Verdi Requiem 

Friday, March 30, 2012 at 7:30 pm
Goldstein Auditorium in the Schine Student Center
on the Syracuse University campus, Syracuse, NY

About This Concert

Verdi wrote Messa da Requiem (1874) in memory of the Italian poet Alessandro Manzoni, whom he admired greatly. This epic work draws upon the dramatic and expressive resources of a double choir, orchestra and four soloists to deliver a spiritual reading of the traditional Latin text of the Roman Catholic Mass for the Dead.
The five bass drum strokes that open the Dies Irae (Day of Wrath) attempt to strike fear of judgment into mortal hearts, while the combined orchestral and choral forces of the Call to Judgment result in some of the loudest, acoustic music ever conceived. In contrast, four vocal soloists offer transcendent melodies of hope, forgiveness and peace.
Verdi was not a religious man in any conventional sense and it is likely he didn't literally believe in the words of the ancient Mass for the Dead. However, he did manage to turn those words into musical drama so vivid and deep-felt in its examination of what it means to face death, that it can send shivers through even the most determined atheist.
Our performance features the Syracuse University Oratorio Society; Mihoko Kinoshita*, soprano; Sarah Heltzel*, mezzo-soprano; Jonathan Howell, tenor; and Marc Webster*, bass under the direction of guest conductor, Daniel Hege.

*These soloists also appear in the Syracuse Opera production of Madama Butterfly.

Ticket Information

Tickets are $20 General Admission, $10 for students with IDs.
Available from the Syracuse Opera Box Office (315) 476-7372
and syracuseopera.com

  • Parking will be available at no charge in the following locations:
    • Booth Garage
    • University Avenue Garage (UAG)
    • Waverly Lot
    • Marion Lot

Program

Messa da Requiem by Guiseppe Verdi (1813-1901)

  • 1. Introit and Kyrie (chorus, soloists)
  • 2. Dies irae
    • Dies irae (chorus)
    • Tuba mirum (chorus, bass)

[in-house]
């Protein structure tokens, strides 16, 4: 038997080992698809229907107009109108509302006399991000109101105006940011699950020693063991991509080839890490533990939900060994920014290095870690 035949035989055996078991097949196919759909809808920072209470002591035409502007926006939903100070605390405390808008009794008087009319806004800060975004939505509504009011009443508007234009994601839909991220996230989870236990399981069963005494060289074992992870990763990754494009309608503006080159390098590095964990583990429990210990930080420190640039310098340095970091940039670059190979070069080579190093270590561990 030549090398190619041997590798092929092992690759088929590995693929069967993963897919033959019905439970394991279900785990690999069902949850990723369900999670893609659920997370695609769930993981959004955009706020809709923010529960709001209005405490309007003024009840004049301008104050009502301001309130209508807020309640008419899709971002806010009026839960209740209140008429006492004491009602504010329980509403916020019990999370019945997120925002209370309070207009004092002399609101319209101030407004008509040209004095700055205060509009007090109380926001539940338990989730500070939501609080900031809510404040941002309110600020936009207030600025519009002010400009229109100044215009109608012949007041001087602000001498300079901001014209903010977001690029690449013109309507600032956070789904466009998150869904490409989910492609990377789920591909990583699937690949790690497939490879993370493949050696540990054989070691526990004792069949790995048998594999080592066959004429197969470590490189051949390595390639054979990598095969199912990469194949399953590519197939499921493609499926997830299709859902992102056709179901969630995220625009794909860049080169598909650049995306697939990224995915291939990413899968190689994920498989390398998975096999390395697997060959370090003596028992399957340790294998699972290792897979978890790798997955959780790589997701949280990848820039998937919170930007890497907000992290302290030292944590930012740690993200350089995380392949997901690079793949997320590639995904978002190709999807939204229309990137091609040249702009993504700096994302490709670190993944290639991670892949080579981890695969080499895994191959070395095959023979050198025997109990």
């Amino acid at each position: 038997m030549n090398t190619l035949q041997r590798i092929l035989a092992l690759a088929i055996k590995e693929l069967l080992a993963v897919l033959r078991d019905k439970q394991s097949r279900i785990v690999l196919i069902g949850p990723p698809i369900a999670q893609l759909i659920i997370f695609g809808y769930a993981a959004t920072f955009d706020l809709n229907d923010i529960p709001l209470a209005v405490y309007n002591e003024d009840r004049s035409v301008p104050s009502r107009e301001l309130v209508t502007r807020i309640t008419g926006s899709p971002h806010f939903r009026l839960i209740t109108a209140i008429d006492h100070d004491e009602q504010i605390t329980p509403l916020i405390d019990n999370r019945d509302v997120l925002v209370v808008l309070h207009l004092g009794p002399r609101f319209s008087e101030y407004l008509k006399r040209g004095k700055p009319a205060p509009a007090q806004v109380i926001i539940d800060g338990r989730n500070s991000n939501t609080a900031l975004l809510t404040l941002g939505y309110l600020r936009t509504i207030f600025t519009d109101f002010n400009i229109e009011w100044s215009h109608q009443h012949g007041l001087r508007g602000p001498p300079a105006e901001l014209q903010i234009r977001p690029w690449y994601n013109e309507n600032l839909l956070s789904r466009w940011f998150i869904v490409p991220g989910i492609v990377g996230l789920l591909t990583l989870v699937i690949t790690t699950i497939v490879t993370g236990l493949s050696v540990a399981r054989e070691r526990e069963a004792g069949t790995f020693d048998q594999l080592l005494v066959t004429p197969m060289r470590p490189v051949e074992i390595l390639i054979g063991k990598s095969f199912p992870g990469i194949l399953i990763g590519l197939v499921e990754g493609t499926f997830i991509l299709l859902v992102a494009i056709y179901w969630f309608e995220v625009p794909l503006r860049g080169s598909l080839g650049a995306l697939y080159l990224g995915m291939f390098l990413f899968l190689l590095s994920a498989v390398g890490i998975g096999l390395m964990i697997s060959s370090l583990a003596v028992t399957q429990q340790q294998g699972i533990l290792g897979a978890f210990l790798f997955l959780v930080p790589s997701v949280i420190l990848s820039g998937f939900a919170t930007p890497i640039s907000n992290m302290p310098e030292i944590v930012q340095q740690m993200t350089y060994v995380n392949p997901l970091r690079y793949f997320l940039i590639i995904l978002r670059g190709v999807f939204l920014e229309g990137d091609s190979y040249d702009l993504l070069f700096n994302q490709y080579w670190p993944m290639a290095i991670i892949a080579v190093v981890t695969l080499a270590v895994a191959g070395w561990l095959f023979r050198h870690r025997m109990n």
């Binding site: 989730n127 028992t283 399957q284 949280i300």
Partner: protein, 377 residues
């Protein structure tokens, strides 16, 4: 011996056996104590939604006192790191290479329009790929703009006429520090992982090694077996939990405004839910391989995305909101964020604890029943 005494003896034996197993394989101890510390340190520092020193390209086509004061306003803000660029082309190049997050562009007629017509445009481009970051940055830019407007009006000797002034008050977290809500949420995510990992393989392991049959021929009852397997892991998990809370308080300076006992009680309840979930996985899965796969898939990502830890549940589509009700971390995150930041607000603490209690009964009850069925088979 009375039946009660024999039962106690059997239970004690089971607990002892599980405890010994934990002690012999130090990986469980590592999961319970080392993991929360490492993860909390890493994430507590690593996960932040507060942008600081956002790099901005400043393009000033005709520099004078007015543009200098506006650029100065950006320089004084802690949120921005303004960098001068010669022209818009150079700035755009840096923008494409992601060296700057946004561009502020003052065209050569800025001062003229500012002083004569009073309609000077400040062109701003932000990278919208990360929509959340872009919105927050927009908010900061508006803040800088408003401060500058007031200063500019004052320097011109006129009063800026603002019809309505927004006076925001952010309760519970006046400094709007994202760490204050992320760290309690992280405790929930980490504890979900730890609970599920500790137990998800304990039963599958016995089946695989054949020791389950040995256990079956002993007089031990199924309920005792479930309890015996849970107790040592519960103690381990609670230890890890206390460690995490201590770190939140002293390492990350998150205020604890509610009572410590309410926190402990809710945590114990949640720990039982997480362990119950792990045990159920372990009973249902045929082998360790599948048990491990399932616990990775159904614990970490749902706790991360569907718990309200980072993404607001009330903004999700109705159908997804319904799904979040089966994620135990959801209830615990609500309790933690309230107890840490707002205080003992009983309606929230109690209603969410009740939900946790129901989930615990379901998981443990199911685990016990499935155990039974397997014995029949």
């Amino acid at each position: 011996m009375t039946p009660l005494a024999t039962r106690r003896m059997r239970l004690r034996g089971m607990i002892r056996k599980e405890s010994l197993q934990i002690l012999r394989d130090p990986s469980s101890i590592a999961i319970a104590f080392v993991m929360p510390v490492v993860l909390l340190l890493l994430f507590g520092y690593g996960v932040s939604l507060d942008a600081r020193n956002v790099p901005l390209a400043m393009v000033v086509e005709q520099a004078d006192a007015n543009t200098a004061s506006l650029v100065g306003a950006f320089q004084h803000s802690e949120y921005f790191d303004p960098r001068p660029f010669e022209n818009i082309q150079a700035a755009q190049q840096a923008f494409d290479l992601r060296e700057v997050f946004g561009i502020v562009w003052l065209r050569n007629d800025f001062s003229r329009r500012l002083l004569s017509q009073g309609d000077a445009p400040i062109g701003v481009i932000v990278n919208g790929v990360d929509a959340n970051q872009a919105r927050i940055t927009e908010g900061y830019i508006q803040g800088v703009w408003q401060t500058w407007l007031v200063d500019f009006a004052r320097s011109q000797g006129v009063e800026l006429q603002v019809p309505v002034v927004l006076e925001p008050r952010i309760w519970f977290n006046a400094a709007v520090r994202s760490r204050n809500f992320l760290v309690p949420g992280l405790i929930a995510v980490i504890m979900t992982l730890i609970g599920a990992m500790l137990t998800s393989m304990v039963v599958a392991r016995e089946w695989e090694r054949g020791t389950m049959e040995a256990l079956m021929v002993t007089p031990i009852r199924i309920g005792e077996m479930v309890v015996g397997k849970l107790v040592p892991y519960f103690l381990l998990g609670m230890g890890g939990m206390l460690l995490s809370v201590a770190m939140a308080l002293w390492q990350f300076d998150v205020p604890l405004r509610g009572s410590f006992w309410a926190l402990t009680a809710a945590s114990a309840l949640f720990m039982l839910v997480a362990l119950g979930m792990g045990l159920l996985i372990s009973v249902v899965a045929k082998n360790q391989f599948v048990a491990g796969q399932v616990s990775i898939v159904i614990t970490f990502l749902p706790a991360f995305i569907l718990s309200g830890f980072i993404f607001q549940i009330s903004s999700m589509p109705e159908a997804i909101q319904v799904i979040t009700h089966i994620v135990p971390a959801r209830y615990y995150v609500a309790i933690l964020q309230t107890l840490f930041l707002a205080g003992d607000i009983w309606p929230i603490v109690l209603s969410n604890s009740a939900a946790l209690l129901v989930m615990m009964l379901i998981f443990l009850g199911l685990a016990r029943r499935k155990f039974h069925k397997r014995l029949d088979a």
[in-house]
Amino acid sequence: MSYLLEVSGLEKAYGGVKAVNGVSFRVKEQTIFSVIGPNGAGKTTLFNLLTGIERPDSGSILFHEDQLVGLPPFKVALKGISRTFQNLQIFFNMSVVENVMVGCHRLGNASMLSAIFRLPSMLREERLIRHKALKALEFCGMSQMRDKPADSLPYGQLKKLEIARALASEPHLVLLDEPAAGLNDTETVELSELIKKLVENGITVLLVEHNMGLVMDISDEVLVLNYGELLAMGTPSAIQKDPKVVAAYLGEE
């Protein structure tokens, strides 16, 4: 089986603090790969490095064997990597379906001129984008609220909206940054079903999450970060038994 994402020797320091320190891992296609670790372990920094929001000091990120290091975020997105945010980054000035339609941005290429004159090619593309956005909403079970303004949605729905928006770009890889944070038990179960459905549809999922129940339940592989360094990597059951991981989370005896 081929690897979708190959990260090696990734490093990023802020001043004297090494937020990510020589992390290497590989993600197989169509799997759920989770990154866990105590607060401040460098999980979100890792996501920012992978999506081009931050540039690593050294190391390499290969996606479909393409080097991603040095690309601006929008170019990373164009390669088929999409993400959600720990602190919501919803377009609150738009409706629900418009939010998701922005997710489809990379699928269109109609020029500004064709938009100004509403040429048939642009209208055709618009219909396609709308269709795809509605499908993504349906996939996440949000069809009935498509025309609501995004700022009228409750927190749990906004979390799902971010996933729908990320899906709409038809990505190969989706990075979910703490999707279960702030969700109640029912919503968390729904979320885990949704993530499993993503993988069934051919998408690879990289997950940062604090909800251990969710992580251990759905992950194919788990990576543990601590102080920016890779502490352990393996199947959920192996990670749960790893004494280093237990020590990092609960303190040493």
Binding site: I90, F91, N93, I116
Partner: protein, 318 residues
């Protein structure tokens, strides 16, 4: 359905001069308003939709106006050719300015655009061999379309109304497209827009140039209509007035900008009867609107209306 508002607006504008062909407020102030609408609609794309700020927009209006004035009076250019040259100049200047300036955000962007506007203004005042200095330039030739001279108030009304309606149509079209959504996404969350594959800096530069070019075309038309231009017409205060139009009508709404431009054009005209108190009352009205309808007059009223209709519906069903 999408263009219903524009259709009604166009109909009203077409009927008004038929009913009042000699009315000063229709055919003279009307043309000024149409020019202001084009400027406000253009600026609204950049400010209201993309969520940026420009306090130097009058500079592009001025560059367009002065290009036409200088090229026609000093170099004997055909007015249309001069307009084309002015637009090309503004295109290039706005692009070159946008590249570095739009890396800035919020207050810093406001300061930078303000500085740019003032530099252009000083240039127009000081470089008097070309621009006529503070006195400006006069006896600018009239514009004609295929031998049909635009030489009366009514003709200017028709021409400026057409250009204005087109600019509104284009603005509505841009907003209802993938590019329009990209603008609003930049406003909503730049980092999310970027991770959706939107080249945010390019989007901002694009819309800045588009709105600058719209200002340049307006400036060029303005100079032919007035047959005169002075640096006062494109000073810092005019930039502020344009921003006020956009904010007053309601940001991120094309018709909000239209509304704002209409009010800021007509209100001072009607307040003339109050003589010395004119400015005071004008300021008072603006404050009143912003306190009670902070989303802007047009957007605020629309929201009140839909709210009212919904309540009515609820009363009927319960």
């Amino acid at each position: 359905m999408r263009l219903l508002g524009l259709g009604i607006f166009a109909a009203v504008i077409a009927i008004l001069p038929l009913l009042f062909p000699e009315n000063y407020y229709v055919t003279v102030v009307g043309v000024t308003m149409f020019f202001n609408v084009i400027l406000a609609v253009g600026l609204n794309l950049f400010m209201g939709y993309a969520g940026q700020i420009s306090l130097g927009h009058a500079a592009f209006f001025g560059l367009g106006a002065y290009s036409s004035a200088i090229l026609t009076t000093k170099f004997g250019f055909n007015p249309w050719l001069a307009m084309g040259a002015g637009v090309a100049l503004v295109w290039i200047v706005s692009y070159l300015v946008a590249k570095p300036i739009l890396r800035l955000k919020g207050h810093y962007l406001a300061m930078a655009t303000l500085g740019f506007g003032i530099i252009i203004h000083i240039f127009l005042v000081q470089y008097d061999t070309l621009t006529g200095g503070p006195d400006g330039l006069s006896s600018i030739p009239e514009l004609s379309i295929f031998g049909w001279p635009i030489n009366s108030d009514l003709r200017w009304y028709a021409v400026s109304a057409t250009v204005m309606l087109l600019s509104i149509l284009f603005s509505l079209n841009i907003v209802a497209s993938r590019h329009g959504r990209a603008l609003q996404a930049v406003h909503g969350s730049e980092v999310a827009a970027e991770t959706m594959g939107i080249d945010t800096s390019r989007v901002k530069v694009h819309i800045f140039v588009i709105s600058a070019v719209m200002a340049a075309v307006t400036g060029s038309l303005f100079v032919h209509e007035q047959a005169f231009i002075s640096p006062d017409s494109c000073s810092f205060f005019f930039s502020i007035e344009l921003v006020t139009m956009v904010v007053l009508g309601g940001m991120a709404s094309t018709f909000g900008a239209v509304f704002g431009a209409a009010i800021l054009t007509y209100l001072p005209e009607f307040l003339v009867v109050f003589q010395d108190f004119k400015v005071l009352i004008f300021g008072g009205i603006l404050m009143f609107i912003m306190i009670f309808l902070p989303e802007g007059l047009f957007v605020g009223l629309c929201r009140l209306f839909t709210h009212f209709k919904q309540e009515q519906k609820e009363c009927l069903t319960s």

• Liber scriptus (mezzo-soprano, chorus)
    • Quid sum miser (soprano, mezzo-soprano, tenor)
    • Rex tremendae (soloists, chorus)
    • Recordare (soprano, mezzo-soprano)
    • Ingemisco (tenor)
    • Confutatis (bass, chorus)
    • Lacrimosa (soloists, chorus)
  • 3. Offertory
    • Domine Jesu Christe (soloists)
  • 4. Sanctus (double chorus)
  • 5. Agnus Dei (soprano, mezzo-soprano, chorus)
  • 6. Lux aeterna (mezzo-soprano, tenor, bass)
  • 7. Libera me (soprano, chorus)

Guest Artists

Daniel-Hege_pic.jpg

Daniel Hege, Conductor

Daniel Hege is widely recognized as one of America’s finest young conductors, earning critical acclaim for his fresh interpretations of the standard repertoire and for his commitment to creative programming. He served for eleven seasons as the Music Director of the Syracuse Symphony and in June 2009, was appointed Music Director of the Wichita Symphony, beginning his tenure with that orchestra in September 2010.

Following a nationwide search, Mr. Hege was named Music Director of the Syracuse Symphony Orchestra in April, 1999. In June 2001, he completed a five year tenure with the Baltimore Symphony where he held the titles of Assistant, Associate and Resident Conductor and led the orchestra in subscription, family and run-out concerts. Mr. Hege has also served as Associate Conductor of the Kansas City Symphony, Assistant Conductor of the Pacific Symphony, Music Director of the Encore Chamber Orchestra in Chicago and Music Director of the Chicago Youth Symphony where he was twice honored by the American Symphony Orchestra League for innovative programming.

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Soloists

Mihoko Kinoshita, soprano
Sarah Heltzel, mezzo-soprano
Jonathan Howell, tenor
Marc Webster, bass

Syracuse University Oratorio Society, John Warren, director